Mortgage originations increased in the first half of 2005, and the demand for interest-only, option adjustable-rate and Alt-A mortgage products also were on the rise, according to an industry report released today.

From the last half of 2004 to the first half of 2005, first mortgage origination volume rose, according to the Mortgage Bankers Association’s Midyear 2005 Mortgage Originations Survey, which covers single-family mortgage originations during the first and second quarters of 2005.

The dollar volume of first-mortgage originations increased 10 percent from the second half of 2004 to the first half of 2005.

The survey also provided evidence of a shift in consumer demand from ARM products to interest-only and Alt-A products. While the ARM (excluding interest-only loans) share of originations decreased from 46 percent to 36 percent, the share of originations that were interest-only loans increased from 17 percent to 23 percent and the share of originations that were Alt-A loans increased from 8 percent to 11 percent.

“With the difference in ARM rates and fixed rates narrowing, consumers have shifted from traditional ARMs to nontraditional products such as option ARMs and interest-only loans,” said Doug Duncan, MBA’s chief economist and senior vice president. “While these new products provide consumers with a wide range of choices to meet their cash flow needs and risk tolerances, borrowers need to be vigilant to ensure that they prudently measure and manage the additional risk of these new products.”

Other key findings of the survey included:

  • More than 9 of 10 interest-only loans originated during the first half of 2005 are adjustable-rate products, the remaining loans were fixed-rate products.

  • Among all survey respondents, option ARM originations were 7 percent of dollar originations and 4 percent of the loan count during the first half of 2005. These percentages are likely understated as many survey respondents did not report their option ARM volume. Among survey respondents that did report option ARM data, option ARM loans comprised 16 percent of their dollar originations and 10 percent of their loan count.

  • The vast majority of loans (88 percent) in the first half were for owner occupied homes, but the percentage of loans for non-owner occupied properties was significant (12 percent). This finding is consistent with the 2004 Home Mortgage Disclosure Act data, which revealed that more than 11 percent of 2004 originations were for non-owner-occupied properties.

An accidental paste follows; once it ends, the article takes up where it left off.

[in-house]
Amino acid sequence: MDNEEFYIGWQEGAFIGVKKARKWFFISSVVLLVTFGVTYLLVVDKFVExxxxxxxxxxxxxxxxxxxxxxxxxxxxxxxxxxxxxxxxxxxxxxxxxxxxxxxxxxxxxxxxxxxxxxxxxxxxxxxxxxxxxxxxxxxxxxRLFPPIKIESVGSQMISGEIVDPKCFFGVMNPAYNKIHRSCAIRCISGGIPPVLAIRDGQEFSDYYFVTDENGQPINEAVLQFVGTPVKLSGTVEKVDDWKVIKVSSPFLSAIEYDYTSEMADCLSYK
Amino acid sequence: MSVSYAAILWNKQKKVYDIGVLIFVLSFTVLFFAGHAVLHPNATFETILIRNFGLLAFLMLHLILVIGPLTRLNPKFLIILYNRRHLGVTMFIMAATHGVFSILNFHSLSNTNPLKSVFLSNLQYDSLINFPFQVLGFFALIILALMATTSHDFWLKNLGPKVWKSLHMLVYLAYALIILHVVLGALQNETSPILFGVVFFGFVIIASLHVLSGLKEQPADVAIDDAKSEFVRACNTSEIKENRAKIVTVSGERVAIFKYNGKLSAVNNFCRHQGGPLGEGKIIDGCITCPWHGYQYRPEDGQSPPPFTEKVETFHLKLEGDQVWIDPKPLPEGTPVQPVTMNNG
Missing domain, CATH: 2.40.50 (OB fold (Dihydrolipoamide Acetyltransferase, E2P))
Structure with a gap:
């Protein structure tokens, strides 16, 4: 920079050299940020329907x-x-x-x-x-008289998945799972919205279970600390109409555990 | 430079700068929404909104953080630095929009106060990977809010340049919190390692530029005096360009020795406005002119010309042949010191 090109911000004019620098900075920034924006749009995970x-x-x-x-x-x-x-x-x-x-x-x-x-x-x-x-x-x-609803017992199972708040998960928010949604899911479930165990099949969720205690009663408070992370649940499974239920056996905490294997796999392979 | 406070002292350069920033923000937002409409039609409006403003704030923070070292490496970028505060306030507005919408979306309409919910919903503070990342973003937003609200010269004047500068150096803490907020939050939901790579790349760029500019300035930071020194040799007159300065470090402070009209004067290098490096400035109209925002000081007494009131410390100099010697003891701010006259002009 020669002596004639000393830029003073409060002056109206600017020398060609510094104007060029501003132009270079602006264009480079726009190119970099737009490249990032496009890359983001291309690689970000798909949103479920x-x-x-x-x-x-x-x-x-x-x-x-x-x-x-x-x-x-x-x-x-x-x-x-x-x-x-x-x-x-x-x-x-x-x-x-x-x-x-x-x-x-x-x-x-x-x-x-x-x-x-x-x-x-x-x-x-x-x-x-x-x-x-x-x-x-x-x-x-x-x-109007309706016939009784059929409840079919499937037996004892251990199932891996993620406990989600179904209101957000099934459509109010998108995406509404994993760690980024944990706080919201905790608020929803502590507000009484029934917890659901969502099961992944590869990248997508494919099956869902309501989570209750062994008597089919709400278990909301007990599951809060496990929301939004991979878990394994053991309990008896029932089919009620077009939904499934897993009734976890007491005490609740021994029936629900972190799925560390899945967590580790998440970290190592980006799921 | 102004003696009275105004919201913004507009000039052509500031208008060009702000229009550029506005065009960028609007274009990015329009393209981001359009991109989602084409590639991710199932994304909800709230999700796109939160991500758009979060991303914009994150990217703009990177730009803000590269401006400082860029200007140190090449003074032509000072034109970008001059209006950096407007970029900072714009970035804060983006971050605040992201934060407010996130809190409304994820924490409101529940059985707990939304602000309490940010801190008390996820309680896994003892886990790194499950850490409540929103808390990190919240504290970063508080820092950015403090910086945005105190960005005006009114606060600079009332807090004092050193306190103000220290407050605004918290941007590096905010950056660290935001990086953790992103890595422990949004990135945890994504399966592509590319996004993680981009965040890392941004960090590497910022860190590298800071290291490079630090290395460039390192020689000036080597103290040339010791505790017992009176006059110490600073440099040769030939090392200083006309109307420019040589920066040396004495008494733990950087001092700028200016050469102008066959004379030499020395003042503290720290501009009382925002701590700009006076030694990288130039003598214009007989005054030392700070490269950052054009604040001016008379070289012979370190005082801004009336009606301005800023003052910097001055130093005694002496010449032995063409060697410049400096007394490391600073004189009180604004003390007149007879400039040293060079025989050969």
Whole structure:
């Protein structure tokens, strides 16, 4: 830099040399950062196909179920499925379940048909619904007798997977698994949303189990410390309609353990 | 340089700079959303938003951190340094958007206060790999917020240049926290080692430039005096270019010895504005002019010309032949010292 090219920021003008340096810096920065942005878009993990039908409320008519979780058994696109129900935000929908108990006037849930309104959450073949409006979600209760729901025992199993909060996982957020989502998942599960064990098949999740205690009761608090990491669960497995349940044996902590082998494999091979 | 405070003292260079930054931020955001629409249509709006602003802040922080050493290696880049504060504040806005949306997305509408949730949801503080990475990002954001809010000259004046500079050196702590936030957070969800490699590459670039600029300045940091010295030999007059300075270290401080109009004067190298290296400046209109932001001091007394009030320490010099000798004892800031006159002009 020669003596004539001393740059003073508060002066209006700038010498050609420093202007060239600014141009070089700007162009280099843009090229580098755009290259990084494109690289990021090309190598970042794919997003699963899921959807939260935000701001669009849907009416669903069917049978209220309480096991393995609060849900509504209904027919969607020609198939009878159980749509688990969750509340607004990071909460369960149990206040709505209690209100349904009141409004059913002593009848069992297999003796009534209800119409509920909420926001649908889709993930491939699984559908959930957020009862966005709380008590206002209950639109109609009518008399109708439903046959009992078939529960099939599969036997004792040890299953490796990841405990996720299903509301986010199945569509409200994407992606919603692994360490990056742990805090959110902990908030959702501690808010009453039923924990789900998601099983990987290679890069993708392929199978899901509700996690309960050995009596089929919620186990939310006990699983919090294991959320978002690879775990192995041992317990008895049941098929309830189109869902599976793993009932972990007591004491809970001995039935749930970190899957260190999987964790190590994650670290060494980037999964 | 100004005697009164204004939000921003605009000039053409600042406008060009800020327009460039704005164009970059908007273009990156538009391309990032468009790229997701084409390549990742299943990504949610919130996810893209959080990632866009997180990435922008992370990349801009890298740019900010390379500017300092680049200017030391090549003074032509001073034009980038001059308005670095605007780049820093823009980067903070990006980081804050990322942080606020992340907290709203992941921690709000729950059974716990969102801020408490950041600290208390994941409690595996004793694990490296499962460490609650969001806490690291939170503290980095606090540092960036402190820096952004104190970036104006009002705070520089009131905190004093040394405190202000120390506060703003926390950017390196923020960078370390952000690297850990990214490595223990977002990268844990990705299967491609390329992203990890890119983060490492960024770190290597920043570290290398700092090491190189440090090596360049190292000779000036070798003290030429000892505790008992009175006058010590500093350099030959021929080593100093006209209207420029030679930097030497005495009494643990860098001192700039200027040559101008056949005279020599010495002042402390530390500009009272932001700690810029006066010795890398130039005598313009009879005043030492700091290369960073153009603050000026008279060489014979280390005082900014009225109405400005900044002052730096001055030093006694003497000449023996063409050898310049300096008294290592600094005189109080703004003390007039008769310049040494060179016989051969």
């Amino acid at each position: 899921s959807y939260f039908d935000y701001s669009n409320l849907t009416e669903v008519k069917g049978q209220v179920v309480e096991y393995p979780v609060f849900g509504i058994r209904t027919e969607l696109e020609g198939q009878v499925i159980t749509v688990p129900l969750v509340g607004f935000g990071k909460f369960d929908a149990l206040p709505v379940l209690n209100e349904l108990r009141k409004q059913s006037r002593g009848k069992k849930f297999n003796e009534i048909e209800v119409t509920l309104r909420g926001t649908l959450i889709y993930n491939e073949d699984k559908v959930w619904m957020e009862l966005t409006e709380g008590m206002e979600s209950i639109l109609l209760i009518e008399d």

• While nearly half (48 percent) of all loans originated were agency eligible, they represented only 38 percent of the origination dollar volume. Agency eligible loans are mortgage loans, which conform to the size and credit quality guidelines and would be available for sale to Fannie Mae and Freddie Mac under any of their loan programs.  

  • From the second half of 2004 to the first half of 2005, reverse mortgage originations increased 28 percent, with FHA’s Home Equity Conversion Mortgages (HECMs) increasing by 31 percent and other reverse mortgages up 8 percent.

Compared with the last half of 2004, the first half of 2005 origination volume of all second mortgages increased 12 percent, closed-end seconds increased 37 percent and open-end seconds or home equity lines of credit (HELOCs) increased 20 percent (based on companies submitting data for both time periods).

In the first half of 2005, 82 percent of second mortgage originations were HELOC loans compared with 18 percent for closed-end loans. HELOC origination volume refers to the size of the line, not the drawn amount.

The survey included more than 110 companies, including the top 12 loan originators and 25 of the top 30 loan originators. Based on internal market estimates, sample coverage included more than 50 percent of total market originations of first and second mortgages. This survey collected detailed information on origination of first and second mortgages — including for the first time origination data on option ARMs, interest-only adjustable and fixed breakouts, occupancy status (including second home and investment property information) and agency eligibility.


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